Schools across Oxfordshire are experiencing the benefits of offering apprenticeship opportunities to young people in a wide variety of roles. From lab technicians to PE teaching, business administration to ICT support, apprentices are making a valuable contribution in school settings.
Many Oxfordshire schools are entitled to receive financial support to pay for formal apprenticeships training from the council's Apprenticeship Levy fund.
The Department for Education has released A guide to apprenticeships in the schools workforce (pdf format), which is aimed at school leaders, governing bodies, local authorities and academy trusts. It explains:
- what apprenticeships are
- how schools can use apprenticeships
- how the apprenticeship levy applies to schools
- how the public sector apprenticeship target applies to schools.
Who can be an apprentice?
An apprentice is an individual who undertakes a formal training programme in a work-based environment. The training programme must be recognised as an Apprenticeship Framework or Standard, and is delivered by an approved apprenticeship training provider. The individual can be a new or existing employee and will meet the following eligibility criteria to qualify for funding:
- Over 16 years of age
- Has lived in UK/EU for past three years
- Is not in full time education
- Must have a contract of employment (term-time only is usually possible for roles based in schools)
Further criteria may be applicable depending on the type of apprenticeship. The training provider will be able to advise you about this.
What do apprentices get paid?
Apprenticeships are entry-level posts with an expectation that skills and knowledge will be developed on the job and through training. The council has a special trainee grade for Intermediate (Level 2) Apprenticeships:
- Apprentices start on £5.46 per hour, or £10,504 per year based on a 37 hour/week contract.
- After successful completion of probation (usually after 6 months), this rises to £5.72 per hour, or £11,009 per year.
- After 12 months, this rises to the lowest point of the green book payscales (Grade 1). This timescale is not altered if a candidate works part time or term time only, it must be 12 months after the apprentice’s start date to comply with national minimum wage legislation.
Advanced (Level 3) Apprenticeship roles are job evaluated and usually paid at a Grade 3. All maintained schools using the council’s Green Book terms and conditions for non-teaching staff should use these rates.
Please note that external training providers such as local FE colleges and the National Schools Apprenticeship Service may quote the National Apprentice Minimum Wage in their promotional materials, which is much lower than the council’s apprentice wage. It is not possible to pay apprentices this rate if they work for a school where the council is the employer.
The salary of the apprentice is funded and paid by the school employing them.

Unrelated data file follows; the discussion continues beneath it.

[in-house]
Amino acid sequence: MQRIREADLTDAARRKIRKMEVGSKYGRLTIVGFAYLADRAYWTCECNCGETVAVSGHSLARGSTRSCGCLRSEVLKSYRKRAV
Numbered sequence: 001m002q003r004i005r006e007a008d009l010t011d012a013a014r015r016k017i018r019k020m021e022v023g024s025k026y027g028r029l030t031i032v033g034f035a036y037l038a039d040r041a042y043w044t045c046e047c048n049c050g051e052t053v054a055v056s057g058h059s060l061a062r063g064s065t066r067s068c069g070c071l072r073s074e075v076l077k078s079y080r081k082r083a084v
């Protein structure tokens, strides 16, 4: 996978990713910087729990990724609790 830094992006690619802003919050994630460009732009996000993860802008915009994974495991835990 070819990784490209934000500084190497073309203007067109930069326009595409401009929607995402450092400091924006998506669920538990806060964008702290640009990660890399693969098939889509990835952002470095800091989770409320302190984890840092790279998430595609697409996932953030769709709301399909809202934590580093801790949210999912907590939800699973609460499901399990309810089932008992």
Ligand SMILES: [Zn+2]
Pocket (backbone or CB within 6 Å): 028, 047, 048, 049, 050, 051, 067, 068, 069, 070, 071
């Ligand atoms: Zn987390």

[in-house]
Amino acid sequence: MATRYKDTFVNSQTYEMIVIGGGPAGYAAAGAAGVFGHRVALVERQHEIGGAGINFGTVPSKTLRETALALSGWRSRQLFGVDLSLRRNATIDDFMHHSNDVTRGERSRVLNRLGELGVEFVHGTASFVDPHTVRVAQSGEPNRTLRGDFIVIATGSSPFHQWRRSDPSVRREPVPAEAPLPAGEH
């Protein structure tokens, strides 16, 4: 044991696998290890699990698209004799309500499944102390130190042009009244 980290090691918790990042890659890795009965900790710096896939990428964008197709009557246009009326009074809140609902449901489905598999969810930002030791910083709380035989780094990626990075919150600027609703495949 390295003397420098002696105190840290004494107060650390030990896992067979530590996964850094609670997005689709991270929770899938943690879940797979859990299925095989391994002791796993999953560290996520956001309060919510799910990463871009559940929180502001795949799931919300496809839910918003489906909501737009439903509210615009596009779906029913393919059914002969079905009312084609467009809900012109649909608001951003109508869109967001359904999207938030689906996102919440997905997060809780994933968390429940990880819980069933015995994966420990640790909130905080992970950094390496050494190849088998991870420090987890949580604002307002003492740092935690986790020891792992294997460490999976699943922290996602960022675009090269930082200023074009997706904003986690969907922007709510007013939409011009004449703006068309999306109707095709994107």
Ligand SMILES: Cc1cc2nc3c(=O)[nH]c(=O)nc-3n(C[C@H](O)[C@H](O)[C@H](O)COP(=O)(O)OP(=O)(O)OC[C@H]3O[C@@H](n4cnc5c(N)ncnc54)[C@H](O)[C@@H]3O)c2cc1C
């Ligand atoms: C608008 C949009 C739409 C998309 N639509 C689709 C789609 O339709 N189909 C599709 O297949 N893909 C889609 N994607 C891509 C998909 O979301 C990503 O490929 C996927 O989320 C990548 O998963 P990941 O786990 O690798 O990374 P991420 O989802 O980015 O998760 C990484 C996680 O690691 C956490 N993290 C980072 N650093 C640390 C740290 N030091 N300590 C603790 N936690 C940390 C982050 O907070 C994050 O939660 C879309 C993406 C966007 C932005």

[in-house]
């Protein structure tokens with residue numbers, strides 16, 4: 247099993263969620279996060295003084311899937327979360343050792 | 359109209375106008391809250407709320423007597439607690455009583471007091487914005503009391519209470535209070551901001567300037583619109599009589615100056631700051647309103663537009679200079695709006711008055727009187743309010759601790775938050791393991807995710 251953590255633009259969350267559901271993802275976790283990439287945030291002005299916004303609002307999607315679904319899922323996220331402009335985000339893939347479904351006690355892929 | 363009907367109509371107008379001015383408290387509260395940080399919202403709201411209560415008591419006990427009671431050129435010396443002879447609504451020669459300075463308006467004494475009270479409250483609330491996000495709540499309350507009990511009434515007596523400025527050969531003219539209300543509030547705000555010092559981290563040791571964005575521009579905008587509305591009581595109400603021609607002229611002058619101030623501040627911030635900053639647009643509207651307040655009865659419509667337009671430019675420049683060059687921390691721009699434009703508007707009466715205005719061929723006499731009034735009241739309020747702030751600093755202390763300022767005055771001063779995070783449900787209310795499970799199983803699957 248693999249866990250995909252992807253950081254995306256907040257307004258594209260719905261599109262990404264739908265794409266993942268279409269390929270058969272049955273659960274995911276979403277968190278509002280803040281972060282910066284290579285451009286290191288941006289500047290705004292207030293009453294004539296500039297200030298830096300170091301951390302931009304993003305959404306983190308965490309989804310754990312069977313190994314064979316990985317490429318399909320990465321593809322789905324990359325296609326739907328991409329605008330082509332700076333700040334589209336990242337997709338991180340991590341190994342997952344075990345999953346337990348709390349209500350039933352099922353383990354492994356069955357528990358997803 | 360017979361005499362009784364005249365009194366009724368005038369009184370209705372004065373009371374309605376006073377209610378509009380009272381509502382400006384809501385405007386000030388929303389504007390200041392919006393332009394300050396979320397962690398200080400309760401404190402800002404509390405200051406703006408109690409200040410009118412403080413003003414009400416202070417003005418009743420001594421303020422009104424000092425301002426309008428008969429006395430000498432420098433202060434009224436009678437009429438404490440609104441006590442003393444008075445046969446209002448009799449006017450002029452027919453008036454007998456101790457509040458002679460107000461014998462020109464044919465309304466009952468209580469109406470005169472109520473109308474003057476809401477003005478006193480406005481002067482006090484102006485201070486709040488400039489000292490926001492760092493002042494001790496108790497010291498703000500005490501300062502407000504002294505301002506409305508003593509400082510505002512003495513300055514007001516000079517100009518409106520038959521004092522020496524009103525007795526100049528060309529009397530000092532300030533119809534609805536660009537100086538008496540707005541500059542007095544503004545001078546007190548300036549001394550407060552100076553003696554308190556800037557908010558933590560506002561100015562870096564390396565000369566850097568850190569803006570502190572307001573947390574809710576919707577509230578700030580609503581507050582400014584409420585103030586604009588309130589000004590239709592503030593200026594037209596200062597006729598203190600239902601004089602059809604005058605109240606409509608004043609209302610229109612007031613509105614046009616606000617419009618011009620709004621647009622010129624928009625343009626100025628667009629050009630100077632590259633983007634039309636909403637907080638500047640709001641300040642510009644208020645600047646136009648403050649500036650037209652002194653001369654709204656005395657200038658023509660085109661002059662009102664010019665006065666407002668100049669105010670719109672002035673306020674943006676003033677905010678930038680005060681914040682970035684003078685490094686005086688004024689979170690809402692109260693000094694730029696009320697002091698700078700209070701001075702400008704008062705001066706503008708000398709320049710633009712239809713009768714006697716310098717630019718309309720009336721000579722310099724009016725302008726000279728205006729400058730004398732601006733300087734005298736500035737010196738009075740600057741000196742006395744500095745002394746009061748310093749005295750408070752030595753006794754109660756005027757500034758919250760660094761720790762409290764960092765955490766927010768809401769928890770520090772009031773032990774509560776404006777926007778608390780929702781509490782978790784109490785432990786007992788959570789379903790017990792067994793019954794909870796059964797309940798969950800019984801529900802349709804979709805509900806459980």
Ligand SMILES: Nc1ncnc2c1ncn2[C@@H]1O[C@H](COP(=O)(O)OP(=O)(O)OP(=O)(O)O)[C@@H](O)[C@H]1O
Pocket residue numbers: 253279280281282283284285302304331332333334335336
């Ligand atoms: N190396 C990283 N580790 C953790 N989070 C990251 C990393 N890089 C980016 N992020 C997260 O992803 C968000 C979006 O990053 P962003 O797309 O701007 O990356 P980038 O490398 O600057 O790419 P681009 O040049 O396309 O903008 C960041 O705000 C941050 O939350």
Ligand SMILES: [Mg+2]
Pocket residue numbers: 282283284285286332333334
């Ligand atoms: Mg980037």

If the school pays the Apprenticeship Levy, apprenticeship training costs can be fully funded from their Levy pot, provided there are sufficient funds available. If the Levy pot has already been spent, the government funds 90% of the cost of the training.
If the school does not pay the Levy (usually the case for smaller academies, voluntary aided or foundation schools with a payroll bill of less than £3 million), then the government funds 90% of the cost of the training.
Minimum and maximum working hours
The majority of the council's apprentices are on full time contracts, 37 hours a week. It is possible to offer apprenticeships on a part-time basis but before agreeing this, practicalities should be discussed in advance with the training provider, for example there may be specific days of the week that the provider delivers classroom training. Time off for training, either for college day-release or for formal work-based assessments is included in the apprentice's paid contracted hours.
Time off for training
Apprentices are given 20% time off for their training as part of their paid contracted hours. The training provider will advise whether the apprenticeship training requires day-release for attendance at college, or whether training can be delivered in the workplace setting. Apprentices spend no more than one day per week training. Their learning under close supervision whilst working is also recognised as an important part of their development..
How can I find a training provider?
Oxfordshire Apprenticeships is a team that helps employers across Oxfordshire make sense of apprenticeships, including finding a suitable training provider.
Where the local authority is the employer, schools can access Levy funds via the council’s HR team. The HR team will help to identify a training provider from our approved supplier list, and provide guidance on recruitment (if applicable).
If you're thinking of taking on an apprentice but aren't sure how to get started, contact the HR Team on 07500 571221 or 07552 103354 or email email@example.com. We support the recruitment of apprentices for the council, and can advise you about a suitable job description and possible training options. Once a job description has been finalised and a training provider sourced, the recruitment process follows the IBC route, as with other posts.